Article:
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Editorial: Getting into the Habit
Linköping University, The Tema Institute, The Department of Gender Studies. Linköping University, Faculty of Arts and Sciences. (The Posthumanities Hub)
Centre for Women's Studies, Umeå University, Sweden.
Linköping University, The Tema Institute, The Department of Gender Studies. Linköping University, Faculty of Arts and Sciences.ORCID iD: 0000-0002-7932-2867
2011 (English)In: NORA: Nordic Journal of Feminist and Gender Research, ISSN 0803-8740, E-ISSN 1502-394X, Vol. 19, no 3, 3 p.141-143 p.Article in journal, Editorial material (Other academic) Published
Abstract [en]

In this issue of NORA we present three original articles on three diverse topics by authors from three different countries. The first article in this issue concerns popular therapeutic culture, such as self-help books, TV programmes, and Internet resources, that help us make sense of the ideal of “the good couple”. In this article, Sara Eldén argues that the cultural narratives of “the good couple” both reproduce and resist stereotypes. This is true not least with reference to gender and gender inequality. The second article, an Icelandic piece by Anna Karlsdóttir and Audur H. Ingólfsdóttir, maps out the demographic changes in a rural Icelandic village and the gendered outcome of such socio-economic rearrangements. The third article, by Ingrid Guldvik, grapples with the pros and cons of the introduction and adoption of gender quotas. She explores and evaluates the criteria that form the basis for a strong  gender quota regime in the Norwegian context of local politics.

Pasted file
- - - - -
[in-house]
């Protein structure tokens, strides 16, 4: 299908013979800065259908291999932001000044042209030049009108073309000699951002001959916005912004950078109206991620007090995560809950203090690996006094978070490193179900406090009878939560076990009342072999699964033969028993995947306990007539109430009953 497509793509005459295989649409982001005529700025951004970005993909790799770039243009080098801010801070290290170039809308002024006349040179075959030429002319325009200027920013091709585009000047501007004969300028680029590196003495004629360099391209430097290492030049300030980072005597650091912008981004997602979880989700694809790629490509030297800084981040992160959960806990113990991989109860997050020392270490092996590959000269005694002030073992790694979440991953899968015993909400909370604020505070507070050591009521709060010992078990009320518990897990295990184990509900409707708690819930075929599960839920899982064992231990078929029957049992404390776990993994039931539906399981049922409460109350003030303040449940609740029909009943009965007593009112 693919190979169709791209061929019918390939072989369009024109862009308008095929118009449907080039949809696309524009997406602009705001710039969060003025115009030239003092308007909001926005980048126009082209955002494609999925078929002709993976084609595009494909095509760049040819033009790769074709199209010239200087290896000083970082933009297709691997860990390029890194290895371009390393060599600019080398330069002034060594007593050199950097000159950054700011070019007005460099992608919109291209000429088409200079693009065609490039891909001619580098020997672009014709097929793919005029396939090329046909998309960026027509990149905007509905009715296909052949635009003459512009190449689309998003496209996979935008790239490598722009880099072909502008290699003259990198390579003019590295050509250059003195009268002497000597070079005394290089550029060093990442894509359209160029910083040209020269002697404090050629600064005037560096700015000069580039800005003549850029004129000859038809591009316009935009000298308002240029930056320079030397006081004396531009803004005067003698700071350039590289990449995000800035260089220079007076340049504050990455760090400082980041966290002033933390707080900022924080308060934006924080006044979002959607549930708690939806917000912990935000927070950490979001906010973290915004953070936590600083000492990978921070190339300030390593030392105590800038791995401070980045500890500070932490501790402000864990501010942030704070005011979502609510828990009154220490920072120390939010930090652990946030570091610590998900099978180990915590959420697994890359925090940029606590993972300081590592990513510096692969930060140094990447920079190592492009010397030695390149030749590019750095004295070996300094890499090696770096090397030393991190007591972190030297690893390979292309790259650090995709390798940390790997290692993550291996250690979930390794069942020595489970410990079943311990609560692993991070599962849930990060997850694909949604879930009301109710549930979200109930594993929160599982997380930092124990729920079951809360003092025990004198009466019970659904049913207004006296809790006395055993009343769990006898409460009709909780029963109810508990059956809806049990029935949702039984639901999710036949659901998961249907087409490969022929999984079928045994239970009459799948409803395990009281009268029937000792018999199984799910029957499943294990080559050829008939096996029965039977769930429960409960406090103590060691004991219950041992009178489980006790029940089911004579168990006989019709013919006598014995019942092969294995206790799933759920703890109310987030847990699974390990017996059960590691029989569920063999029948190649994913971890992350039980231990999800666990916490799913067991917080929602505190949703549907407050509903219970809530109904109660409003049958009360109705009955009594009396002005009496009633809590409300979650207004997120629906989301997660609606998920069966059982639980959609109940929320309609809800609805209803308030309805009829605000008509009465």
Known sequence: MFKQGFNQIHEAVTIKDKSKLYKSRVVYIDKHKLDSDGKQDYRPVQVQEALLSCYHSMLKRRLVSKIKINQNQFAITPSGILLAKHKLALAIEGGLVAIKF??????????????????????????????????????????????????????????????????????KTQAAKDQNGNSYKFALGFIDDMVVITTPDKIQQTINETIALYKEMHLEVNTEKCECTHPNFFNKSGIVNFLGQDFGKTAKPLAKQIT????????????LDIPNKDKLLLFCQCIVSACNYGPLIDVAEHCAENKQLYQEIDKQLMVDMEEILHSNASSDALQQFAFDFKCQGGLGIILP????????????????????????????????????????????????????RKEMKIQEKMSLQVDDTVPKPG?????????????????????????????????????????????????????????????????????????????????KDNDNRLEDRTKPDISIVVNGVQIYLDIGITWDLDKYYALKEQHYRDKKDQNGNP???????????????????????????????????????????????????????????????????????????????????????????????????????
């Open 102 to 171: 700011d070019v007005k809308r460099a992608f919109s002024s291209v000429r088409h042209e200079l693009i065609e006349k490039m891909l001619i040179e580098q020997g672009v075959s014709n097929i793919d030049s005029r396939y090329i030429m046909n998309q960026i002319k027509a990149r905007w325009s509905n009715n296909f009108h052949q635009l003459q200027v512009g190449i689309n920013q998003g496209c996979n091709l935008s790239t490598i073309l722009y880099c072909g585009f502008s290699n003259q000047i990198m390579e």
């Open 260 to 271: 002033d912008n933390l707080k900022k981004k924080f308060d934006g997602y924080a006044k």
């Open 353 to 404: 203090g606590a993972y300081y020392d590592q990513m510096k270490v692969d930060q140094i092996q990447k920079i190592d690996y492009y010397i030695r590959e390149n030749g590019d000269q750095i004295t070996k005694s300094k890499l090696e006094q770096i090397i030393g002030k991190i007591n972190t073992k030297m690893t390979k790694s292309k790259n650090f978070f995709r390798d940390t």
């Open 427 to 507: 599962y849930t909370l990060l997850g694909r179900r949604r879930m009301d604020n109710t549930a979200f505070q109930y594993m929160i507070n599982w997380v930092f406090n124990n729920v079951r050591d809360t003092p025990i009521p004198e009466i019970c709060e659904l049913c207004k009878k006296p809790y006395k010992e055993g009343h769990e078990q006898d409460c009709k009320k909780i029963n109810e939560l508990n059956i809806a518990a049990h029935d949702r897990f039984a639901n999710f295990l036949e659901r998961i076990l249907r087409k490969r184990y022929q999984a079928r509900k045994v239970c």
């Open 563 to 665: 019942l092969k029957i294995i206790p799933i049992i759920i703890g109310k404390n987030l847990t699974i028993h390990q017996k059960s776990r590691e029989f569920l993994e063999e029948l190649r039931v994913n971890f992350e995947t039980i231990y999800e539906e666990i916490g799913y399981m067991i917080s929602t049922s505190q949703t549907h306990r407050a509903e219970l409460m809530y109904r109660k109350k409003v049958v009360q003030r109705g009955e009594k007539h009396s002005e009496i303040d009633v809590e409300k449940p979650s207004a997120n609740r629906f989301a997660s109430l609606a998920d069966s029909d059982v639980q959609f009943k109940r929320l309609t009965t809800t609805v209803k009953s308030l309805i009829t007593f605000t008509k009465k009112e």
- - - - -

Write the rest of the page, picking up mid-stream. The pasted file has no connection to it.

This issue’s Taking Turns text, “Feminist Theory and that Critical Edge”, by Icelandic anthropologist Kristín Loftsdóttir, highlights the need for self-positioning in feminist theorizing and research in order to nourish the critical edge that remains so essential to feminist studies. In her text she underlines the importance of being careful with how we use central concepts, such as “gender equality”, especially in relation to fields such as international development and peace-keeping, as well as research addressing multiculturalism. These are all fields where Loftsdo´ ttir sees profound risks of reproducing colonizing discourses and relationships, not least in the Nordic countries, which have often been misperceived as standing outside the history of colonialism.

Place, publisher, year, edition, pages
London: Taylor and Francis: Routledge Journals , 2011, 3. Vol. 19, no 3, 3 p.141-143 p.
Keyword [en]
scholarly writing, performative writing, creative writing, writing for publication
National Category
Gender Studies
Identifiers
URN: urn:nbn:se:liu:diva-71600DOI: 10.1080/08038740.2011.594030OAI: oai:DiVA.org:liu-71600DiVA: diva2:451176
Available from: 2011-10-25 Created: 2011-10-25 Last updated: 2017-12-08Bibliographically approved

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Åsberg, CeciliaKoobak, Redi

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